Andy was less than convinced. "Not sold on the Big Lake yet," he said before leaving for the mother country, "I’ll wait until you nab something worthwhile before having a go.”

Simon went with Miss Simon No.1 to test the water. In a couple of hours they landed three fish. Four pounds, four pounds and six pounds. Not quite the stamp we were after measured by weight or length.

Miss Simon No. 1 with one of the Big Lake carp. Perfectly formed but, oh so small.

Simon returned for an overnight session having carried on baiting one particularly area. On arrival, and filled with expectations of a good session he found a tree parked in his swim. Not a branch, not a log, but a whole damned tree, branches, trunk and a considerable amount of root bole. The thing must have drifted down the bay on the strong winds the area had had recently experienced and of all the bank space the chunk of dead wood could have chosen to ground itself, it chose the swim Simon had been assiduously baiting. There was no way to fish over or round it so Simon went down the bank to an alternative area. He fished until midnight, caught a four, a four and then a six pounder and in some disgust packed up, Andy's evaluation of the water ringing in his ears.

It was a shame because baiting campaigns can really work. Iain Sorrell, is another English exile here in the US but, unlike us, one who is not only a very competent carper but also one who has a deep background in the sport from his early experience of the scene back in England. Among many good articles Iain has produced for the American carping crowd (crowd may be over egging it a tad - the American carping gang, gathering, gaggle?) is one on pyramid baiting. Pyramid baiting needs no introduction to English carp anglers we're sure but Iain’s article nicely blends instruction with his own knowledge of the man credited with its introduction to carp fishing at Savay, Mike Wilson and his development of the technique. Of course, simply baiting up is an aspect of pyramid baiting, it is the very first stage. But to really get the benefit requires that the baiting continues at regular intervals over a period of time so that the larger carp eventually push out the smaller. The results from the effort (and expense) of such a campaign can be spectacular. Even a relatively minor one Simon did a few years ago produced a sequence of fish better than anything we’d had before.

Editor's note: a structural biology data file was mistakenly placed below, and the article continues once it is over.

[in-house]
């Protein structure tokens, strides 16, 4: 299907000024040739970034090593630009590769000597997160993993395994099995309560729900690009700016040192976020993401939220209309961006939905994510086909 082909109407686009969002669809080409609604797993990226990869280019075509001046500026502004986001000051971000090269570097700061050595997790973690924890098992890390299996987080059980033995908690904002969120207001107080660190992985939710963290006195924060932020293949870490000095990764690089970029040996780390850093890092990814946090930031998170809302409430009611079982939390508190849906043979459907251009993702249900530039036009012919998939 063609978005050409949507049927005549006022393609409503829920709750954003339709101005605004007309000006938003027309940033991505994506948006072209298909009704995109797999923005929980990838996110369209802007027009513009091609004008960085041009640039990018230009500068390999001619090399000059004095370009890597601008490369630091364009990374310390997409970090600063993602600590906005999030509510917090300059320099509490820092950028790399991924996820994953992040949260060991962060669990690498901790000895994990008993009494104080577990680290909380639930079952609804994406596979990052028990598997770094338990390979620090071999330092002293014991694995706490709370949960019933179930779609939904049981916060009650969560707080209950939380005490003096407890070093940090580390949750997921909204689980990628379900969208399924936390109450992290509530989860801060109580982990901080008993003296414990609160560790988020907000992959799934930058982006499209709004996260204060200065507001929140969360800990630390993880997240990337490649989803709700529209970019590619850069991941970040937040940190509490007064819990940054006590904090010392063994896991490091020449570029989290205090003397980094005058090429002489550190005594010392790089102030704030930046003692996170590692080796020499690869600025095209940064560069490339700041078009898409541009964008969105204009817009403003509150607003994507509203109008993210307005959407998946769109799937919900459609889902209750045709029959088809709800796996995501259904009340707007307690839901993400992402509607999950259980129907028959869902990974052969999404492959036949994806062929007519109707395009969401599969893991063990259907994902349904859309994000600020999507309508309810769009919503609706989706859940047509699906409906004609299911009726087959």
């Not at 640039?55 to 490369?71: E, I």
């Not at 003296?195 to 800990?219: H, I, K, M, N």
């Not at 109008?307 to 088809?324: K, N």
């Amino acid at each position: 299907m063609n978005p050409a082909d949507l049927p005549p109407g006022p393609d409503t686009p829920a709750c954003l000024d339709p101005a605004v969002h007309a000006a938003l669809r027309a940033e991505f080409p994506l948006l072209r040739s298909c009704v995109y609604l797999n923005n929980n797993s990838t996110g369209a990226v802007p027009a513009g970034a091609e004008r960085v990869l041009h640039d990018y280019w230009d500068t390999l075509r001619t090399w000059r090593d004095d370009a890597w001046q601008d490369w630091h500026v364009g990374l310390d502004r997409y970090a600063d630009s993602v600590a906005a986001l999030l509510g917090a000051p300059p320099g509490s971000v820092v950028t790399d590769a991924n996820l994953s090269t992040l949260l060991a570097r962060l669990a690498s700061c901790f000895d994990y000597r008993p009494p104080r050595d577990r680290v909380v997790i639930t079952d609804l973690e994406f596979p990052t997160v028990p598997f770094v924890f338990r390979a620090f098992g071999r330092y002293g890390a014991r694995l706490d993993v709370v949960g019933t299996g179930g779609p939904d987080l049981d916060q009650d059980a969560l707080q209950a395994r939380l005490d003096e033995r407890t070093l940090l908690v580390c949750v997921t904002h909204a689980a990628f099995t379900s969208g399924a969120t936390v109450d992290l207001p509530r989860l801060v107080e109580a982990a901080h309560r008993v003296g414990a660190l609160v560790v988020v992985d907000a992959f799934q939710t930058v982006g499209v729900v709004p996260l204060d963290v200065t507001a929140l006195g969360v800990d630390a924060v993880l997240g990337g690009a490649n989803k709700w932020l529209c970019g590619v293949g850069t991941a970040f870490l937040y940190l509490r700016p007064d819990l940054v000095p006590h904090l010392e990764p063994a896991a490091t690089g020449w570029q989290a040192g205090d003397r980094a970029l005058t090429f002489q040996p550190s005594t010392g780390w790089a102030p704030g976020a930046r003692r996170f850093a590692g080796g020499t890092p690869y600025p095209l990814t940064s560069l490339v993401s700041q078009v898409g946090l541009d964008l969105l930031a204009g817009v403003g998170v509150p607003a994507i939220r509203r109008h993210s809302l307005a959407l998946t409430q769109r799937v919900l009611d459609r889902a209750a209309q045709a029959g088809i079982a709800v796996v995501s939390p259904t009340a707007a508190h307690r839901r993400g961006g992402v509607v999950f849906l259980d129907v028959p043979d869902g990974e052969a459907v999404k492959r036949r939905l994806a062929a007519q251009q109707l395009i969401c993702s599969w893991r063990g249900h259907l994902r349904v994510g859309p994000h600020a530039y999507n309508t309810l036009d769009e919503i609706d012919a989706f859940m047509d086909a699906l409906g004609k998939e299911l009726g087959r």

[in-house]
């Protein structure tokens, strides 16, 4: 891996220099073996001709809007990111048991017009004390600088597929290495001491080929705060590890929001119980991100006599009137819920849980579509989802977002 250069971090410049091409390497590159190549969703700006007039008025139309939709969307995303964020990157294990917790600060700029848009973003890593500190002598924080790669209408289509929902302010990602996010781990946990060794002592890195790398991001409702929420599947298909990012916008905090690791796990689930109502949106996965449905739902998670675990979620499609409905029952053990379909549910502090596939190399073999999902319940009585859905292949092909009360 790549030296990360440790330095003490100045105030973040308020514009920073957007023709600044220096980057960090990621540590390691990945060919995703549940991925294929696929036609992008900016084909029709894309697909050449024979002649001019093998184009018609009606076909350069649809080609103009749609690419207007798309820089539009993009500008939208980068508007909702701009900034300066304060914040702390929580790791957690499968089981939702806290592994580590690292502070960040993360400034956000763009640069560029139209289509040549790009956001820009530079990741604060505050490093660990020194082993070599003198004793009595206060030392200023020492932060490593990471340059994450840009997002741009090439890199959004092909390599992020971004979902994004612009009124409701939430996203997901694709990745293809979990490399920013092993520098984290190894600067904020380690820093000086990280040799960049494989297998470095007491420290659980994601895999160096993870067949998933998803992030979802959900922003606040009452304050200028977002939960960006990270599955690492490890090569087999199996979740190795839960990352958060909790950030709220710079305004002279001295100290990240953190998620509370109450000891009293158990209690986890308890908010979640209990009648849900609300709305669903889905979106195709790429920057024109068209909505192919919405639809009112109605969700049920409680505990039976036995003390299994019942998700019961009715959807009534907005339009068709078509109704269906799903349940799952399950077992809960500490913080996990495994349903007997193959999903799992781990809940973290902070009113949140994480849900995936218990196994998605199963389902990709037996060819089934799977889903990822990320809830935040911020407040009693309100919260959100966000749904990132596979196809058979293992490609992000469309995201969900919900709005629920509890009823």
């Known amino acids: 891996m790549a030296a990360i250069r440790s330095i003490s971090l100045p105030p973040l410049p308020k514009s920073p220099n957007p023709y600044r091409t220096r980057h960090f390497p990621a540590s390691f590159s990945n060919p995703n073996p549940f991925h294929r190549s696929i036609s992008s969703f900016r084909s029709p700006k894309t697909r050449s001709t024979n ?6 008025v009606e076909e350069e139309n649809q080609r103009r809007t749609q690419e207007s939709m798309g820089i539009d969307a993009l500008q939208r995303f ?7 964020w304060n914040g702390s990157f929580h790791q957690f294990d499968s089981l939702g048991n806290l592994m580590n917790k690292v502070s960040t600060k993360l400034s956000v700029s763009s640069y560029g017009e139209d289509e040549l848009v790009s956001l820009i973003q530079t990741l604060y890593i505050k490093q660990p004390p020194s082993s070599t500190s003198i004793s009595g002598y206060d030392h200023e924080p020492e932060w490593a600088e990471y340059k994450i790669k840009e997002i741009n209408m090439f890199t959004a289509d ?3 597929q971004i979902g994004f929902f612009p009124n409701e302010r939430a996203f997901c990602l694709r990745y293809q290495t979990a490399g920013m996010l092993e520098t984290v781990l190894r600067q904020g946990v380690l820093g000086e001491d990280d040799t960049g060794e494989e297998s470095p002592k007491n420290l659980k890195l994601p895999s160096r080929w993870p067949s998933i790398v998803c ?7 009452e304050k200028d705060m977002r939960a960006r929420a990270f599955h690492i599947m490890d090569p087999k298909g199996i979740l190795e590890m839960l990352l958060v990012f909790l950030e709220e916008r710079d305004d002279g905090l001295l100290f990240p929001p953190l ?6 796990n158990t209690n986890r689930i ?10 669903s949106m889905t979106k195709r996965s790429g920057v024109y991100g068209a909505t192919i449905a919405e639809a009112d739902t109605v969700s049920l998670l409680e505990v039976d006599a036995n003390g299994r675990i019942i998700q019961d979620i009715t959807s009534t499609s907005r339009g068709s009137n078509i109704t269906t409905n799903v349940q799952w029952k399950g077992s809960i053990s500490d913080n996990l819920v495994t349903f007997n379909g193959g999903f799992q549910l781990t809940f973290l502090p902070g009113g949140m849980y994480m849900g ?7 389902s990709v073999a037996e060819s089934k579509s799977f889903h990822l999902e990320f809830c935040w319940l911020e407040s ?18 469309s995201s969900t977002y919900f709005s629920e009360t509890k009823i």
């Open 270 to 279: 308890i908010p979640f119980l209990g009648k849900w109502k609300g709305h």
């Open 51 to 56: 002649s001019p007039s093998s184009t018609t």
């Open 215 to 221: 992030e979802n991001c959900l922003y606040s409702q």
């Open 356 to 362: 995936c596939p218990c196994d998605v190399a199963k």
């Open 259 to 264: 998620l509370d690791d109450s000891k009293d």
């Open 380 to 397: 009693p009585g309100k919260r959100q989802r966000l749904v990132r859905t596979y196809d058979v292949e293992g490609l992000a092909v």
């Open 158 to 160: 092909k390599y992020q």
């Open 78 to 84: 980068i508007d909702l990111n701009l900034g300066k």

One of a sequence of good fish from a previous baiting campaign.

The only trouble with this scheme aside from the expense in bait and travel, is that it requires patience. As Iain points out, you shouldn’t really fish the areas your baiting up for a few weeks at the least. That’s difficult. The temptation is to have at it after three or four visits with the bait bucket. Sitting on your hands for maybe 18-20 bait-ups over a three, four or even five week period, all the while wondering whether it is working and what monsters may now be swimming around down there over your primed area, can be hard to do. But, if our patience holds, US waters are ideal for this kind of effort in contrast with what we suspect many English waters to be like. In England the sheer number of anglers and the pressure on the waters available for carp angling make a three week baiting campaign unrealistic unless you happen to be one of those lucky few who may have sole access to a private lake. Here in the US there are fewer anglers competing for the same spots and virtually no anglers competing for the same fish. So even if someone does happen to be angling on your carefully primed spot its generally unlikely they’ll be fishing for carp. Most of the time anyway.

Simon's frustrating visit to the Big Lake was followed by a week being ill (coming down with a most virulent form of man flu) and then by Mrs Simon being away for the following week doing clever intellectual type things at an academic conference. Simon resorted to nipping out to bait some spots on The Lake and during one of these sessions a single rod stuck out there 'just to see what might be about' picked up the first twenty of the season.

The first twenty of the season.

If the baiting approach Simon had been using on The Lake wasn't exactly classic pyramid baiting yet it at least got some food into an area we'd caught good fish from in the past. So it was with great anticipation that Simon left for an overnighter in the last week of May. Arriving at the lake he was shocked to see someone already setting up in one of the swims he'd been prepping. It turned out to be one of the regular carpers in this area, Brian Lee. We chatted, compared lakes fished and then he wandered back and Simon started to set up.